While the state of the print industry is continues to plummet, Rolling Stone is bucking this trend in U.S. magazines. At least for one month. Rolling Stone’s controversial July issue, featuring “Boston Bomber” Dzhokhar Tsarnaev, doubled recent sales, reports CNN Money.
The photograph of Tsarnaev, according to some, was the quintessential rock star visage with disheveled hair and a grinless expression. Despite numerous boycotts against the issue’s misrepresentation of the alleged bomber, Rolling Stone has sold 13,232 copies since its release on July 19th. According to MagNet, a sales tracker, that was slightly more than twice the average sales in 2012.
With the Boston marathon bombings killing three people and wounding about 200, while also leaving an officer dead during a manhunt, many called the magazine’s cover flat out insensitive. “Some critics say the image depicts Tsarnaev as a kind of celebrity; others believe it turns him into a martyr,” Slate says.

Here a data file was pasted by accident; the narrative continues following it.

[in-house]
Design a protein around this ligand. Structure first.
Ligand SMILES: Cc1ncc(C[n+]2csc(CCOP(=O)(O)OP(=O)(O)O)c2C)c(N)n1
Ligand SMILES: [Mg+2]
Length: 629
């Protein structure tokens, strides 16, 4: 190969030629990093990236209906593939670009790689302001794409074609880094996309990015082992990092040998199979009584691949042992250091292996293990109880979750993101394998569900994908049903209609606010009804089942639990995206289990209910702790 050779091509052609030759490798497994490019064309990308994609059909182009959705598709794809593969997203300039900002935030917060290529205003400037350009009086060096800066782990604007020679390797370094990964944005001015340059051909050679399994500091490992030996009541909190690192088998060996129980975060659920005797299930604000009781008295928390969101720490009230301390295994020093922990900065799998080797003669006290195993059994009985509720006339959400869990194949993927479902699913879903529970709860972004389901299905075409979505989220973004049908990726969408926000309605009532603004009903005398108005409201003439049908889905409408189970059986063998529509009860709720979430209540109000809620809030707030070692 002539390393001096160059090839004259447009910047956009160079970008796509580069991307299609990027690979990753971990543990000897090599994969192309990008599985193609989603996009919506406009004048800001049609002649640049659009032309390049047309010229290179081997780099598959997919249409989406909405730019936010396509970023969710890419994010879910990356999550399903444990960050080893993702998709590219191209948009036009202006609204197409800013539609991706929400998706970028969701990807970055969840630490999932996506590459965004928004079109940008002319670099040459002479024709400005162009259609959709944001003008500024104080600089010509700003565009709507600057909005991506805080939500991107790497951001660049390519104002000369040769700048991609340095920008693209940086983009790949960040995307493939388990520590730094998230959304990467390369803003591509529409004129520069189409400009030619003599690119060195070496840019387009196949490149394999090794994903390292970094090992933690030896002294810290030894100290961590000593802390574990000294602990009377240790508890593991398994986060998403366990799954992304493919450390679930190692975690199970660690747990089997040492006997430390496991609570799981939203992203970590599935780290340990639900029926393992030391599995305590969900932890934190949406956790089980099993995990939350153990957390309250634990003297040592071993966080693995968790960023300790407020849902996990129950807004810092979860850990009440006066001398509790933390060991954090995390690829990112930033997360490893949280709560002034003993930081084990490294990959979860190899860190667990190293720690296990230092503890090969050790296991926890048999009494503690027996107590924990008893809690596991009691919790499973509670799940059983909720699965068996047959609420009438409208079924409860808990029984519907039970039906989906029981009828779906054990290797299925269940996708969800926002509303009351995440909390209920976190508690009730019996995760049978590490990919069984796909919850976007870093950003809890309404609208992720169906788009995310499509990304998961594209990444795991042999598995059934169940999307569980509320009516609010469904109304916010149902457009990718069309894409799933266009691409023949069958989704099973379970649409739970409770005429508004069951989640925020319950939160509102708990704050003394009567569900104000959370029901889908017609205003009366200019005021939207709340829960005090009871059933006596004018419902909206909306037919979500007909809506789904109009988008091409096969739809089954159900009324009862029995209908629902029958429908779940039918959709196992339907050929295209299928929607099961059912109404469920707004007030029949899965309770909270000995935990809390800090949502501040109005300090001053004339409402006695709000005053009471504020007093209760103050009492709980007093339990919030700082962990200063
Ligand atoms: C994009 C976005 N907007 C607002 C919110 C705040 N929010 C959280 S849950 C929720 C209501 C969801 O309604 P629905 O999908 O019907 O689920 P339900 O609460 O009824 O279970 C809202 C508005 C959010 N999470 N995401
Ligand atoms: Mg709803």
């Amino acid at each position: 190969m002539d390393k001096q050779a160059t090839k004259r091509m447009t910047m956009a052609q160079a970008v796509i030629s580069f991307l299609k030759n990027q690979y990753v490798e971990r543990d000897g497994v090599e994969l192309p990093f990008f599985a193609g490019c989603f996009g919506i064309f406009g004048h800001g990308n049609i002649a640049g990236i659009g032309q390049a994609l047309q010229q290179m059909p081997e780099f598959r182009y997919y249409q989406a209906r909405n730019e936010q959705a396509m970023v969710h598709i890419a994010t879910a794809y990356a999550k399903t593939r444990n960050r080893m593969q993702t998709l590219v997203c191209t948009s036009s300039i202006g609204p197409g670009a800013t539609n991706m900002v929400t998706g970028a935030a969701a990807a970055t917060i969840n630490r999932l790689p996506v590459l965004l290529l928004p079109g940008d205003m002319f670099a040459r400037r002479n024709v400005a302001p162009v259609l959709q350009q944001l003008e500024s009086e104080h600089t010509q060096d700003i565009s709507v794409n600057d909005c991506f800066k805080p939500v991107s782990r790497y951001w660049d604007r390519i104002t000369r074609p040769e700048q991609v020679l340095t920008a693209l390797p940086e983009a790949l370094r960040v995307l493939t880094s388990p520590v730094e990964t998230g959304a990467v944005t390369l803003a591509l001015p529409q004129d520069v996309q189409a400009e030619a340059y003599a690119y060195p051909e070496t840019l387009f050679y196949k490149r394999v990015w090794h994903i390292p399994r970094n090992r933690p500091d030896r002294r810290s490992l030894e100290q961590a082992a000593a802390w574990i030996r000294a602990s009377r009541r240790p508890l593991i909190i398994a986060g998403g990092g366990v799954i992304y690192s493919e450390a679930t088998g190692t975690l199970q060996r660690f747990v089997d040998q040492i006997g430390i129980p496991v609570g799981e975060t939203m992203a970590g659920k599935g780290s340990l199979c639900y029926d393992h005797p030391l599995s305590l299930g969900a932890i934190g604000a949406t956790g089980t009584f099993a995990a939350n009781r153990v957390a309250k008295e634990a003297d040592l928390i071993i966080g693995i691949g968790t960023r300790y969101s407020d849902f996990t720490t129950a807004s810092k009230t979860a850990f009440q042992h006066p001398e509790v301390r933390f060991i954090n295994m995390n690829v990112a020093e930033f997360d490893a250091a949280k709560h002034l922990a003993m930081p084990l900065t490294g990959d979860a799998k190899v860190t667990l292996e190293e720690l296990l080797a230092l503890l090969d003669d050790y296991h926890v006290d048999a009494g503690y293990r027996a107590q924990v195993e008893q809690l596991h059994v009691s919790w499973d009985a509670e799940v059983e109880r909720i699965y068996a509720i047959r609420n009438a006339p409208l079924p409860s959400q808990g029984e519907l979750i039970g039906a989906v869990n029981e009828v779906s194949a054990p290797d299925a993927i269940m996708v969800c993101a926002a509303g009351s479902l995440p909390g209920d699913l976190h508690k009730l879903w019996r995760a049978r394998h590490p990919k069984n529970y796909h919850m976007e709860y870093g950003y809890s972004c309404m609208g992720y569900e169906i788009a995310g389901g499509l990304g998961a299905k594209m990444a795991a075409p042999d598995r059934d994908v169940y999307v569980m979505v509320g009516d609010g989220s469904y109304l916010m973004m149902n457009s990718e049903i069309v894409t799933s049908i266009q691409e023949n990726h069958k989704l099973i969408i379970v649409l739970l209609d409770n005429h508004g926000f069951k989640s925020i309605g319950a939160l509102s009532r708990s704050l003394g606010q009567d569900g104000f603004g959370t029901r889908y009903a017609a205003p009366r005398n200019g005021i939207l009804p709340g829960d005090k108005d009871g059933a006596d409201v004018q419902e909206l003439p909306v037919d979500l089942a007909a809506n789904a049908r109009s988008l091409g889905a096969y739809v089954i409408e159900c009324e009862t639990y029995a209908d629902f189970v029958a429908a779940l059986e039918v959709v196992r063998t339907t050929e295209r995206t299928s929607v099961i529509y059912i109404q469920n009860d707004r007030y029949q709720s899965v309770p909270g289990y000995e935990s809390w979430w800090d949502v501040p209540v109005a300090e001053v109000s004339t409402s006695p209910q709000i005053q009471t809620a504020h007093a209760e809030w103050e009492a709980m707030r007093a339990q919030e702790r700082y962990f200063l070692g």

Rolling Stone rebuffed the critics by saying the cover story “falls within the traditions of journalism…[to cover] the most important political and cultural issues of our day.” CNN Money added.
One writer called Rolling Stone’s cover “brilliant.” “By depicting a terrorist as sweet and handsome rather than ugly and terrifying, Rolling Stone has subverted our expectations and hinted at a larger truth,” a Slate continues. “The cover presents a stark contrast with our usual image of terrorists.”
Rolling Stone’s skyrocketing sales is a testament to the fact that any publicity, even if it’s negative, is good publicity.
“Rolling Stone knew what they were doing,” said WebProNews. “And anyone that thought this issue would sell less was delusional. Sex sells. Violence sells. Scandal sells. Controversy sells.”